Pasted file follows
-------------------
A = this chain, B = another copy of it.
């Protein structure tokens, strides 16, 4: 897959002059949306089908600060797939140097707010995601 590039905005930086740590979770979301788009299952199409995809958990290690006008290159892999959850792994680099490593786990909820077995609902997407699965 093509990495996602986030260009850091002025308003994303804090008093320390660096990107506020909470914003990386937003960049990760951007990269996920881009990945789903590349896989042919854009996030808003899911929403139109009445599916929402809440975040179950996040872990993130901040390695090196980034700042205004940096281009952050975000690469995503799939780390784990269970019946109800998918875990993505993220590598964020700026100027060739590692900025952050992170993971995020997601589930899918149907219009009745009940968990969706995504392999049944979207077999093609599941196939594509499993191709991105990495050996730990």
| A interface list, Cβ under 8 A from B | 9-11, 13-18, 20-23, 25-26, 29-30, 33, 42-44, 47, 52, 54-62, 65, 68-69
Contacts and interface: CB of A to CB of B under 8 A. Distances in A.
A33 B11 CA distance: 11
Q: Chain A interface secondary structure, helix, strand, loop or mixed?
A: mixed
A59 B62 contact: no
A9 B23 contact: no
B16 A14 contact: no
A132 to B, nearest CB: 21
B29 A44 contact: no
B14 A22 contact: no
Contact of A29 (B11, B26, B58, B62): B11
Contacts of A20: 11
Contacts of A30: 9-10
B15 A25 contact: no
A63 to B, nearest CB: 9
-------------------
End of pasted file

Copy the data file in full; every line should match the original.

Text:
A = this chain, B = another copy of it.
């Protein structure tokens, strides 16, 4: 897959002059949306089908600060797939140097707010995601 590039905005930086740590979770979301788009299952199409995809958990290690006008290159892999959850792994680099490593786990909820077995609902997407699965 093509990495996602986030260009850091002025308003994303804090008093320390660096990107506020909470914003990386937003960049990760951007990269996920881009990945789903590349896989042919854009996030808003899911929403139109009445599916929402809440975040179950996040872990993130901040390695090196980034700042205004940096281009952050975000690469995503799939780390784990269970019946109800998918875990993505993220590598964020700026100027060739590692900025952050992170993971995020997601589930899918149907219009009745009940968990969706995504392999049944979207077999093609599941196939594509499993191709991105990495050996730990």
| A interface list, Cβ under 8 A from B | 9-11, 13-18, 20-23, 25-26, 29-30, 33, 42-44, 47, 52, 54-62, 65, 68-69
Contacts and interface: CB of A to CB of B under 8 A. Distances in A.
A33 B11 CA distance: 11
Q: Chain A interface secondary structure, helix, strand, loop or mixed?
A: mixed
A59 B62 contact: no
A9 B23 contact: no
B16 A14 contact: no
A132 to B, nearest CB: 21
B29 A44 contact: no
B14 A22 contact: no
Contact of A29 (B11, B26, B58, B62): B11
Contacts of A20: 11
Contacts of A30: 9-10
B15 A25 contact: no
A63 to B, nearest CB: 9